The efforts of women were vital to life
Early fur trade journals often fail to mention Native women, except as side notes or as they pertain to the men that they dealt with. However, given the general division of labor in aboriginal society, it is clear that women made crucial contributions to their families' comfort and to the overall economy.
Wild rice and maple sugar were both largely the products of female labor and were highly valued as both subsistence items and trade goods. Rolls of birchbark and other plant materials were also important trade items and necessary items to the conduct of life. These were also the product of the efforts of women. Women were also vital to hunting as they processed buffalo and beaver hides for sale to traders, made pemmican and dried meat, and other by-products. During fishing season they turned the catch into fish pemmican, sturgeon oil, and smoked the fish to ensure that there would be ample stores prior to summer hunting season. Any surplus quantities created by the efforts of women were in constant demand by traders. Yet despite this, the efforts of women were often assigned a lower social value than big game brought in by men.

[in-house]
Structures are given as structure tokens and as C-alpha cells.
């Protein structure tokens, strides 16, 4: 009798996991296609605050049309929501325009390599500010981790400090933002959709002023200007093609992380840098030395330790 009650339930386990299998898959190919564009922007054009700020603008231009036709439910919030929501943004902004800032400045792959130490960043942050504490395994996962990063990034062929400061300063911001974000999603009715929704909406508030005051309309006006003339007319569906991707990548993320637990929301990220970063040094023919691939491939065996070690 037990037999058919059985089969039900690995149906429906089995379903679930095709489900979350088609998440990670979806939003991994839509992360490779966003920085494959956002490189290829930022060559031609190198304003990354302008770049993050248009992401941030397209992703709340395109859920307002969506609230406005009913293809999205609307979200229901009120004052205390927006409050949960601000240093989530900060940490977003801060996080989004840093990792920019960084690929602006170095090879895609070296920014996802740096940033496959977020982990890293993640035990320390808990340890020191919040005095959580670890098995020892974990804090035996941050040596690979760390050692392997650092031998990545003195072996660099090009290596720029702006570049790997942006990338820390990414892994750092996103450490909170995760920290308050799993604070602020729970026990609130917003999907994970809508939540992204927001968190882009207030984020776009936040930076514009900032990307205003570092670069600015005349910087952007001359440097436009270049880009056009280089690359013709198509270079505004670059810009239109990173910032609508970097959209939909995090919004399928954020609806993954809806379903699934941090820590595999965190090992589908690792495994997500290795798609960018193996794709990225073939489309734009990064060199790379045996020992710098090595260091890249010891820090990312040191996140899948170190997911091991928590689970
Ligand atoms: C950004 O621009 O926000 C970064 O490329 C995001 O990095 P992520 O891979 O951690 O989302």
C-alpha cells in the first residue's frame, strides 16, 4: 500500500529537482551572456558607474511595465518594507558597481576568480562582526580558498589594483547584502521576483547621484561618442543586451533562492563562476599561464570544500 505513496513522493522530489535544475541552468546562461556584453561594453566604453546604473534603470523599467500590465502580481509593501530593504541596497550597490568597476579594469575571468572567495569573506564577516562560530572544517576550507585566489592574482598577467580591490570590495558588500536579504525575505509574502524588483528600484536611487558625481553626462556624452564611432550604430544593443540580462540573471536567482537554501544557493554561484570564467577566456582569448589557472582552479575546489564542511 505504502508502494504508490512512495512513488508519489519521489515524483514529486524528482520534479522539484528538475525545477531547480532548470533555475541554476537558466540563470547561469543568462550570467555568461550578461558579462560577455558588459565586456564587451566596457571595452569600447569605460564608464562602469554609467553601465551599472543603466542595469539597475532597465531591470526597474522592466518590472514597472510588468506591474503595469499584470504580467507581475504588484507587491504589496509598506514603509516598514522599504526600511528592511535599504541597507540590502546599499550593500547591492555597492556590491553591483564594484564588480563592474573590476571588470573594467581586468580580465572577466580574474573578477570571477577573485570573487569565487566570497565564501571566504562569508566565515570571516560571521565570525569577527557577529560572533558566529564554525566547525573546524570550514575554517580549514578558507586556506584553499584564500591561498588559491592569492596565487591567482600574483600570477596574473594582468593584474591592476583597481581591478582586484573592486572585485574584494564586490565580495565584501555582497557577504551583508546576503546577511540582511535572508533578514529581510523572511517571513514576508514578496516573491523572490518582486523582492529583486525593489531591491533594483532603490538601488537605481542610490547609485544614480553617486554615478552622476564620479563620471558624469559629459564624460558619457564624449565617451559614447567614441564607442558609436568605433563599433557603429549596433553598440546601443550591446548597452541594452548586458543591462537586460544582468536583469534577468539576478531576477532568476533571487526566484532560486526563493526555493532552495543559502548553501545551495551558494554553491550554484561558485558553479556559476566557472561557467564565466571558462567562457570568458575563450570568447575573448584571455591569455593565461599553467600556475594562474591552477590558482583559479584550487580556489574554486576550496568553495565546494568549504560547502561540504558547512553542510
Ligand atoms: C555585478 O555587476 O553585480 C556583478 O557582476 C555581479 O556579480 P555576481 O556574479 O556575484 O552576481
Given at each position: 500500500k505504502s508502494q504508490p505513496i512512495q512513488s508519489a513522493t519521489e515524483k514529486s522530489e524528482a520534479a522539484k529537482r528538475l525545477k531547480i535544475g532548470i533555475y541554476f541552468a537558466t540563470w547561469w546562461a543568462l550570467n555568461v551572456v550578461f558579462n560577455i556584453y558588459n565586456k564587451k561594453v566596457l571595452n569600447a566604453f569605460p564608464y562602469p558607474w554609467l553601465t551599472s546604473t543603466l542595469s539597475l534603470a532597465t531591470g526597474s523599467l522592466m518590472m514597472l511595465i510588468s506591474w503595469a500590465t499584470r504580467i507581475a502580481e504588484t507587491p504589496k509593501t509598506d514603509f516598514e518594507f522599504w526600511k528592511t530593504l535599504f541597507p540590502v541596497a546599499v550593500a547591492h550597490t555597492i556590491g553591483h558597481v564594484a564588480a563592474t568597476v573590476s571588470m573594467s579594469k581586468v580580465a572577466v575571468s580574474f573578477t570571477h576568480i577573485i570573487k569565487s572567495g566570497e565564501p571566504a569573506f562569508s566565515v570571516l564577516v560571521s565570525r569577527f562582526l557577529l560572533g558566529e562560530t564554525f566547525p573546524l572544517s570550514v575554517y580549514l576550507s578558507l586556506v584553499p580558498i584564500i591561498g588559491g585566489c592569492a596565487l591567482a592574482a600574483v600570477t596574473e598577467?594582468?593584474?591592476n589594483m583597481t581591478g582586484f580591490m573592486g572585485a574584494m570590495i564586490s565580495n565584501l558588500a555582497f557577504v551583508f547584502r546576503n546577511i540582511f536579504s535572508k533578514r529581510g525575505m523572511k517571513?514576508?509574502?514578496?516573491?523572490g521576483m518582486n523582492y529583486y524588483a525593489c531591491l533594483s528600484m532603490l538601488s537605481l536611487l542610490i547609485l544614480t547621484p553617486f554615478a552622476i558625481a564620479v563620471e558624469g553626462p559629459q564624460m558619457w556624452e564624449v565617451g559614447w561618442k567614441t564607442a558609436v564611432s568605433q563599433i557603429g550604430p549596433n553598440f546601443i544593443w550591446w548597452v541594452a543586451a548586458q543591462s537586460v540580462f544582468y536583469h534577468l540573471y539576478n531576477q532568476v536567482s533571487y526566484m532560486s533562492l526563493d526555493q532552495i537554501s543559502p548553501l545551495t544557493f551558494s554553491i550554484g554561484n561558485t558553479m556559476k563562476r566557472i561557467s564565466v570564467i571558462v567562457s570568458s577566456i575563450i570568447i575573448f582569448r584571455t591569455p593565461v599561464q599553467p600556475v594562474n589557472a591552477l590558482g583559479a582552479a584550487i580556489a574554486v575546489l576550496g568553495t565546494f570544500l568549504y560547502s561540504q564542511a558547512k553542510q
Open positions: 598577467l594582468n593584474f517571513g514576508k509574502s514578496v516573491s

In practical terms, however, the wide range of subsistence resources that women produced were vital in compensating for the effects of environmental fluctuations. “Women's foods” — rice, maple sugar, salt, roots and berries, and the small game that they snared — were essential to a balanced and productive seasonal round, and often were the only things keeping the people from starving to death. In some cases, women might reject a husband entirely — living alone and supporting themselves. In such cases they would necessarily undertake all activities, such as trapping, canoe-making, even hunting.